Jan 05, 2009
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Lemon works wonders, let me count the ways.

Question: What do you give an ill lemon?

Answer: Lemonade.

Jokes aside, lemon juice has for centuries aided the home doctor in curing ills like indigestion, bad breath and sore throats.

With the just-past Christmas and Chinese New Year gorging seasons, there is no better time to stock up on lemons and cleanse your overloaded digestive system.

You can picture what it does inside your body by squeezing a few drops of lemon on a greasy plate: the lemon trail leaves a clear path. It's for good reason that lemon is called nature’s cleanser.

If you want to lose a few kg, look no further. A new book published in January this year called "The Lemon Juice Diet" by health writer Theresa Cheung suggests that lemon is a “natural powerhouse” when it comes to boosting digestion so your body burns fat more effectively.

All you need to do is to include lemon – whether it be the peel or the juice – as part of a meal daily.

In Malay herbal medicine, what is more commonly used is lime or limau kasturi, which is smaller than a lemon, is green and is quite often grown in the back gardens of Asian homes.


What else about lemon makes it one of nature’s best medicines?

  • Lemon juice is about  5% citric acid and has a pH of 2 to 3. Some believe this can change the body's acid condition into an alkaline one, which is desirable.

  • As it contains antioxidants - which scientists have discovered aid in cell rejuvenation - lemon helps fight disease-causing free radicals in the body.

  • It contains lashings of good vitamins C, A, B, potassium, magnesium and folic acid. Vitamin C is particularly good for warding off colds.

  • Antibacterial and antiseptic, lemon retards the presence of disease-causing bacteria in the digestive tract.

Historically, lemon has a colourful past. In the 17th century, ladies in the royal French court would suck on lemons to keep their lips red. The Romans valued lemons as an antidote for all poisons. The Chinese brought the fruit along with them on their long sea voyages. The English made lemon consumption mandatory for sailors, so they could stave off scurvy.

As to origins, nobody quite knows, but lemon is believed to have grown in the wild in India and China. The Chinese used the fruit as a cough reliever and as a dietary supplement during pregnancy.

Traditional Chinese medicine doctors believe that it can relieve body heatiness – a concept that relates to the balance of "yin" and "yang" in the body – phlegm and prevent hypertension. One is perceived to be "heaty" when one feels feverish, has a sore throat, constipation, rashes and indigestion.

Ayurveda, the traditional natural system of medicine from India, uses lemon in combination with other substances, to ward off nausea, vomiting and digestive disorders.

In ayurvedic medicine, however, the use of food is a little more complicated as it is believed that one man’s meat is another man’s poison: Hence, while lemon could be good for one, it may be detrimental to another.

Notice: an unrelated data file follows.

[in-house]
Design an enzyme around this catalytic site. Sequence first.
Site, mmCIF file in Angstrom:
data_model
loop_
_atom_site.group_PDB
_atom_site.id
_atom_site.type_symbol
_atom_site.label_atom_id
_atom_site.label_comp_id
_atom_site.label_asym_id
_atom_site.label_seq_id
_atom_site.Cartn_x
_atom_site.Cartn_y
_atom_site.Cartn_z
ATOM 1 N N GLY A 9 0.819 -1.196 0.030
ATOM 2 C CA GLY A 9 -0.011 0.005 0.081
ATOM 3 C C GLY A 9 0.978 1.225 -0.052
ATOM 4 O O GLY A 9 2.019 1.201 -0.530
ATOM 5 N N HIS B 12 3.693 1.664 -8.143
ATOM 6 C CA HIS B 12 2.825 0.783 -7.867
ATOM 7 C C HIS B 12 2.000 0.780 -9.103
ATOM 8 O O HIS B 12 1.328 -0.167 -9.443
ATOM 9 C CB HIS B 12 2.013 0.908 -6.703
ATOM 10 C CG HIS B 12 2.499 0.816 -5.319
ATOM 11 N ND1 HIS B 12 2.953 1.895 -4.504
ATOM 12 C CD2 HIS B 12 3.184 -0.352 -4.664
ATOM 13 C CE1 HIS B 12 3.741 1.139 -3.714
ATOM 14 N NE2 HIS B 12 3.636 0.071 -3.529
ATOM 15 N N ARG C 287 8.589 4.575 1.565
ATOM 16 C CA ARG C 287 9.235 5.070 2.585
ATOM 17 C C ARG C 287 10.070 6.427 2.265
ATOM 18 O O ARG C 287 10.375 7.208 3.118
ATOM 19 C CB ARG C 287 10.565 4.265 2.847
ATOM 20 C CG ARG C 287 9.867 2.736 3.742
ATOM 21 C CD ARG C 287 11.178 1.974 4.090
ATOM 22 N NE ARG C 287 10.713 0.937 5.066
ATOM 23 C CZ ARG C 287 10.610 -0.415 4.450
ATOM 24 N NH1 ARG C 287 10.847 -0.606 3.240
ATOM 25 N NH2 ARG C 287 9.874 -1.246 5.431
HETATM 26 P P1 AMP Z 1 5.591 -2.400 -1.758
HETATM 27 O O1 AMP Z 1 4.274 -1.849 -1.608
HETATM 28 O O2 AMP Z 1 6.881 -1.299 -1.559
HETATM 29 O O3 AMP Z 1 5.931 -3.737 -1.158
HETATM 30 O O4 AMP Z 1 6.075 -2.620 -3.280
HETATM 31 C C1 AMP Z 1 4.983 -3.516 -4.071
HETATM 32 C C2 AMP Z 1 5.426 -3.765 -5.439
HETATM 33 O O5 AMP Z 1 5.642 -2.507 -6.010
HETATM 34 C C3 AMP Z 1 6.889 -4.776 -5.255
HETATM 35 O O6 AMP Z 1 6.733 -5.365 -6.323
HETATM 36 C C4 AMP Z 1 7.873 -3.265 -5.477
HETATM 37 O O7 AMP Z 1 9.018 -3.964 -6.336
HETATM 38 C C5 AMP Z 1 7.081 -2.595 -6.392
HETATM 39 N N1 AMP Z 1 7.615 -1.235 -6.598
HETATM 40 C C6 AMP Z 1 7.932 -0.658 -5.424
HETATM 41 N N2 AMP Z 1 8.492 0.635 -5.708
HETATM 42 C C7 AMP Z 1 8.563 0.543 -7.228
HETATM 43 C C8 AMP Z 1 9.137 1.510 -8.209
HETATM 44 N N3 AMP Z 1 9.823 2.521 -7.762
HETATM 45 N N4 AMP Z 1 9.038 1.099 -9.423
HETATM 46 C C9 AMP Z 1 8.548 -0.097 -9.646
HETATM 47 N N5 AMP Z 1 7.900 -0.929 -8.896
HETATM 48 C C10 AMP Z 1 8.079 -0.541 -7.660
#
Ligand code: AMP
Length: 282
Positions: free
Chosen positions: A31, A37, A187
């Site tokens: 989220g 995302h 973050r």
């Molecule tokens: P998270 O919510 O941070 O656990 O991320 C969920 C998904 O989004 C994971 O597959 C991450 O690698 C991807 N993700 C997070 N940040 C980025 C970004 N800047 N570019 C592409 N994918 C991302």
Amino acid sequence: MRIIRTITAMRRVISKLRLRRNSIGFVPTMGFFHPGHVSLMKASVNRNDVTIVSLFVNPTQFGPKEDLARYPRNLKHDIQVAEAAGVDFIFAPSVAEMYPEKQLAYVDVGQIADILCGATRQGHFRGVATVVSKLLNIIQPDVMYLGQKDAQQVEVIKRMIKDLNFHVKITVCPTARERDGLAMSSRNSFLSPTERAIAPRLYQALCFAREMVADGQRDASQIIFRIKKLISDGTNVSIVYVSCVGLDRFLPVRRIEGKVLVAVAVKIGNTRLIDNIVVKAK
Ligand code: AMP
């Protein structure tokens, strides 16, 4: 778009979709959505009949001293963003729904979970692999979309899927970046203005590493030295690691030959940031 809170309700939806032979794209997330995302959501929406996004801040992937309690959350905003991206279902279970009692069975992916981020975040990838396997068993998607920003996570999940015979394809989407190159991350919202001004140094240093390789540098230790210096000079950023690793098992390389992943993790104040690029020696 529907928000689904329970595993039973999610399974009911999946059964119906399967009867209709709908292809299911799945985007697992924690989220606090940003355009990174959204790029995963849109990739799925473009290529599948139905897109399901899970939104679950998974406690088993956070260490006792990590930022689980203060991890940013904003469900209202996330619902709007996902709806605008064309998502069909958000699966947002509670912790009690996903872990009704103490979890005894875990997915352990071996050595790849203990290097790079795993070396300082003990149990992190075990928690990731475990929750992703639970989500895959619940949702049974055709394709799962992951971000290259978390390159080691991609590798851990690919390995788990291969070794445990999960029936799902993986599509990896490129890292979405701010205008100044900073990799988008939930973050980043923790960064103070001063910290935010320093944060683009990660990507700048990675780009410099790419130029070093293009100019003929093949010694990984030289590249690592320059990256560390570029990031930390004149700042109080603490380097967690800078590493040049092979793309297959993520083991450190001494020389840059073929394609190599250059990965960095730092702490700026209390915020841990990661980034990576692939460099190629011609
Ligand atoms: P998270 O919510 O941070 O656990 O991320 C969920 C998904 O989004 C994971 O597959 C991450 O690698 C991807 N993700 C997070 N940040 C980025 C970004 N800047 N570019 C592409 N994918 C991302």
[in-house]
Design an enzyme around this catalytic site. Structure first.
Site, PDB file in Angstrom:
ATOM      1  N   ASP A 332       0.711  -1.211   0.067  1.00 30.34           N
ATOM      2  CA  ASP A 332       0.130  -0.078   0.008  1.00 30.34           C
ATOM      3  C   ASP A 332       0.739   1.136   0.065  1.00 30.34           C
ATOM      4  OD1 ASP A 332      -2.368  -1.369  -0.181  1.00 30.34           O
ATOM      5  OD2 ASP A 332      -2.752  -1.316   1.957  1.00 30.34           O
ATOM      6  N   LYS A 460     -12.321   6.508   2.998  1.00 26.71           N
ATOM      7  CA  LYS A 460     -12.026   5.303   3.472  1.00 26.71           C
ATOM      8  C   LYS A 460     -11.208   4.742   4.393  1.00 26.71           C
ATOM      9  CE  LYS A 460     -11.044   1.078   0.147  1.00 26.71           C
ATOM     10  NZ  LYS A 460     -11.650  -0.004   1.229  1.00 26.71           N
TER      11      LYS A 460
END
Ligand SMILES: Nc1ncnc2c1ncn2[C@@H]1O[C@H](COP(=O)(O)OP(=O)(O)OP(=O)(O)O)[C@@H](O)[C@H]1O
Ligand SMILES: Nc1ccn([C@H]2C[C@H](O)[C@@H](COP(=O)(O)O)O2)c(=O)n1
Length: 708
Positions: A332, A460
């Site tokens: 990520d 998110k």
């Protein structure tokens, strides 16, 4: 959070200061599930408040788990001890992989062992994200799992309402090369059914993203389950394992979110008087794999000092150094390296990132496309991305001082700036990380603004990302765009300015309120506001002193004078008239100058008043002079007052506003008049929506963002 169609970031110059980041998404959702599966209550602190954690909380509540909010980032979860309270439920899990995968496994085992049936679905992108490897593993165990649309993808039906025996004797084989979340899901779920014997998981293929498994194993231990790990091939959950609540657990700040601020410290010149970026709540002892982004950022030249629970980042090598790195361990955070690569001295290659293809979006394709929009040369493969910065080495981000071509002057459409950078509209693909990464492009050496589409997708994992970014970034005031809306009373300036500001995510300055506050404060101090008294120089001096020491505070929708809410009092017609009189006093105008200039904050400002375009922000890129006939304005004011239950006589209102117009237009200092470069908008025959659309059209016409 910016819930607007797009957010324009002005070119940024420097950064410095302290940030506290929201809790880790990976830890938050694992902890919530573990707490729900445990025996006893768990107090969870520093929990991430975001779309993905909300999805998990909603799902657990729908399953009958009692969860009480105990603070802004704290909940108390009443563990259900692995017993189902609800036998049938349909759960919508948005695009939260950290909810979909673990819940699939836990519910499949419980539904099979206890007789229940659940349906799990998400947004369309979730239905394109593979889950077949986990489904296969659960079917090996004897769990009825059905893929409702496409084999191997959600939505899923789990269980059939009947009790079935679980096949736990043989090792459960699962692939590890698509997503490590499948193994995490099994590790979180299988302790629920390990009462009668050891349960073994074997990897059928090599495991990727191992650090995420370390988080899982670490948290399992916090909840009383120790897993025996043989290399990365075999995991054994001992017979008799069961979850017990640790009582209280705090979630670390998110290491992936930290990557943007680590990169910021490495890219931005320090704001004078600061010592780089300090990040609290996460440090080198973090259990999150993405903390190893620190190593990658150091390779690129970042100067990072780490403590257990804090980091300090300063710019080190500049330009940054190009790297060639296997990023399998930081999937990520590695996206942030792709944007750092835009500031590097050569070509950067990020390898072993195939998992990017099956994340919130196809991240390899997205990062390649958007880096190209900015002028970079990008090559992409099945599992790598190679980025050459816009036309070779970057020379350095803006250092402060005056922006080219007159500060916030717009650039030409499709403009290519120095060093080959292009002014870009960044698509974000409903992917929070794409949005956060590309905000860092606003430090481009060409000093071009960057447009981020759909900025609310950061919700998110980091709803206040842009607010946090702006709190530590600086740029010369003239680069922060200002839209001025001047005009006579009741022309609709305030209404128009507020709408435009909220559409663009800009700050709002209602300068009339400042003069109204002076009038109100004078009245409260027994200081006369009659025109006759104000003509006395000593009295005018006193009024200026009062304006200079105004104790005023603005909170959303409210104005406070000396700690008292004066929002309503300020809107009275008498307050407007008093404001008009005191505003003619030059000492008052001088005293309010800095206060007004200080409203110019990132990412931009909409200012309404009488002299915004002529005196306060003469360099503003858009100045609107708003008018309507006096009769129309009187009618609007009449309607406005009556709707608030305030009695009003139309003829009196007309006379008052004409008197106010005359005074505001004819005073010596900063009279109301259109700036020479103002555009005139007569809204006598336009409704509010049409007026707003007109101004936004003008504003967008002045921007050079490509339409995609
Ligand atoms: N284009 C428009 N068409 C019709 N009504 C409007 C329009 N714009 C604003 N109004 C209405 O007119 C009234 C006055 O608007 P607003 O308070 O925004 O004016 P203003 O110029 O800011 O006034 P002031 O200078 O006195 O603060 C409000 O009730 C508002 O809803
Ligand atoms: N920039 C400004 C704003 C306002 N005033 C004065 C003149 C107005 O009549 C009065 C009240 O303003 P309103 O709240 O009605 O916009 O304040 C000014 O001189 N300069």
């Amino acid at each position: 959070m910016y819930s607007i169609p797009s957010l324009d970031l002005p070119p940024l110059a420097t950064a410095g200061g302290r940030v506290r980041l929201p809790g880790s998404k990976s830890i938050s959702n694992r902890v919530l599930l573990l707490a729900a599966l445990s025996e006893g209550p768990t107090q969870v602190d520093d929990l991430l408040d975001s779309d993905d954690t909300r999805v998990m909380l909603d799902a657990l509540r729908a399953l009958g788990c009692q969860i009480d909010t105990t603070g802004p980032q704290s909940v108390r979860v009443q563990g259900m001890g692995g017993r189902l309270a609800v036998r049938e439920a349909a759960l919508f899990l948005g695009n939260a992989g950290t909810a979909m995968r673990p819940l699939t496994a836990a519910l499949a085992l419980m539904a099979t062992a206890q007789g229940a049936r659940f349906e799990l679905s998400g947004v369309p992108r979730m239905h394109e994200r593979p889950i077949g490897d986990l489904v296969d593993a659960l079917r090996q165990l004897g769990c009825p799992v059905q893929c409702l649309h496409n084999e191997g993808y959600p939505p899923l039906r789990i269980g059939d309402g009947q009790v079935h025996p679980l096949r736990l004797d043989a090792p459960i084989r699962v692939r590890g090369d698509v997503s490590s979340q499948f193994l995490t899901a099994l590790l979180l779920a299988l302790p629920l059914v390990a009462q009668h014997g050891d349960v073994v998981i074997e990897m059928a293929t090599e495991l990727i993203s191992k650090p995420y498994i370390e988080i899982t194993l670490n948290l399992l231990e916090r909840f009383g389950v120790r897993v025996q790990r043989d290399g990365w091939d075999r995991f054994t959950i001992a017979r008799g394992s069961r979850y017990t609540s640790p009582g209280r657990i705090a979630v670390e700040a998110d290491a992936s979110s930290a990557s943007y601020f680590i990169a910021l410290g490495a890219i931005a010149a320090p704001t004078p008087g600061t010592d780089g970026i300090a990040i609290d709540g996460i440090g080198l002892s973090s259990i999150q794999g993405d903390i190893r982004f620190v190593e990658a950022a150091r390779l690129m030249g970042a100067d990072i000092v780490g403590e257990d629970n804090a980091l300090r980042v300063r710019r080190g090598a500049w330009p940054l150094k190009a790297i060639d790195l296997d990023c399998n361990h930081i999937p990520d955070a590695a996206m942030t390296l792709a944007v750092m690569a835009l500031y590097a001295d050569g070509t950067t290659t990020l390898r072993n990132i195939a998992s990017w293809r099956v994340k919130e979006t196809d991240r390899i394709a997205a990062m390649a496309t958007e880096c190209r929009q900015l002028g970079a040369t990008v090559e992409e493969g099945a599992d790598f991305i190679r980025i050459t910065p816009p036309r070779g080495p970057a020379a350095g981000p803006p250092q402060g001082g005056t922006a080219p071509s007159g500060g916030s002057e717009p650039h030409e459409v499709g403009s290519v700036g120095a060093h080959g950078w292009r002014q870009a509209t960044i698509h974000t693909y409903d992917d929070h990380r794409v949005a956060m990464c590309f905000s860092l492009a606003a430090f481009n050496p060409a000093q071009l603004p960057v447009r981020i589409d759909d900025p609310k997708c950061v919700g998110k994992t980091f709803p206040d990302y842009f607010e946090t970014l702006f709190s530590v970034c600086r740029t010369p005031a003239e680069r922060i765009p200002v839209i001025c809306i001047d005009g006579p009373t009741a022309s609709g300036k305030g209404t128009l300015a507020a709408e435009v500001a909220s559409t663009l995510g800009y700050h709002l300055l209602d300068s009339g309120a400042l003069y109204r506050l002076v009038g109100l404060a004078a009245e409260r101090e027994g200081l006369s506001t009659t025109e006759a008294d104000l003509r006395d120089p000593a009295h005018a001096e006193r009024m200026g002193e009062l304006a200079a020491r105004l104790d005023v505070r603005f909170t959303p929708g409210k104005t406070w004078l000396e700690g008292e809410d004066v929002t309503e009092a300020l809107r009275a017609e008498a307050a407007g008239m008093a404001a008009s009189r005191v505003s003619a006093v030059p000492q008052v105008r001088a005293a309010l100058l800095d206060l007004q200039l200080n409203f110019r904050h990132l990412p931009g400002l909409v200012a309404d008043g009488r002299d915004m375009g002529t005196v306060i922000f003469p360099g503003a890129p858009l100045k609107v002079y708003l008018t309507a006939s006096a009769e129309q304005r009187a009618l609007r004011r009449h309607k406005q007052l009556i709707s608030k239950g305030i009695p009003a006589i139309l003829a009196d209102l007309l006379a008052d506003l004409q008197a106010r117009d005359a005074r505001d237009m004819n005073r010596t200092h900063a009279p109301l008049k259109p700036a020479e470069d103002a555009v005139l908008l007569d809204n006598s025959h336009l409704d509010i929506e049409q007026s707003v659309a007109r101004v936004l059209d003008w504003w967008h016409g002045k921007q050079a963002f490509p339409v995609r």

Another note of caution: If you were to suck on a lemon all day, the acid would erode tooth enamel, causing pain and sensitivity. The key word here is moderation: Lemon juice diluted with water or used in cooking is fine. If you are still worried, rinse your mouth out with water after your lemon fix. Lemons from the fridge should be allowed to warm up to room temperature. You get more juice that way. Here are some humble lemon remedies.



Blend enough limes into a paste to apply all over the stroke-affected area. In Malay herbal medicine, it is believed that the lime mixture helps to stimulate the damaged nervous system.


Women who have just given birth

Mix the juice from a lime with a little kapor (white calcium carbonate powder) and apply the paste on the stomach. As part of the traditional Malay post-natal massage, the masseuse leaves the mixture on and binds the stomach tightly with a piece of cloth. The lime-kapor mixture is believed to help with post-natal slimming.


Body heatiness

Traditional Chinese Medicine practitioners recommend mixing 150ml of lemon juice with sugar cane juice and drinking this 2–3 times a day.


Flu or sore throat

Juice one lemon and add it to a cup of hot water with honey. Drink the solution every couple of hours. The honey helps to sooth the sore throat. For those who also have phlegm, traditional Chinese medicine may prescribe mixing 100g of lemon and the following Chinese herbs: 12g of jie geng, 10 pieces of pang da hai, 9g of gan cao. All these should be boiled in water and drunk once a day.



Boil one piece of lemon and 10 pieces of water chestnut in water and drink it once a day.



Squeeze some lemon juice into a cup of black tea and down the mixture. In traditional Chinese medicine, lemon is a sour fruit that is deemed suitable for a weak liver.



Drinking lemon or lime juice with warm water first thing in the morning is a very common practice that is believed to flush out toxins from the body. Ashley Judd practises this.


Thirst quencher

Squeeze a few drops of lemon into your drinking water. Not only does the water taste better, cleaner and more refreshing – the reason why swankier restaurants place lemon slices in their water – the lemon-enriched water apparently quenches thirst better than plain water.



After shampooing, rinse out your hair with the juice from half a lemon mixed with 500ml of water. It helps with the dandruff, sweeps out the soap film and gets rid of excess oil.


Tired facial skin

Mix equal quantities of lemon and honey and apply onto the face and neck. Wash off with cold water after 10 minutes. Lemon contains alpha hydroxy acids, highly valued as a beauty product ingredient, as it helps to keep skin radiant and fresh.



Apply some lemon on the cut – if you can tolerate the sting. The juice serves as a disinfectant and an antiseptic.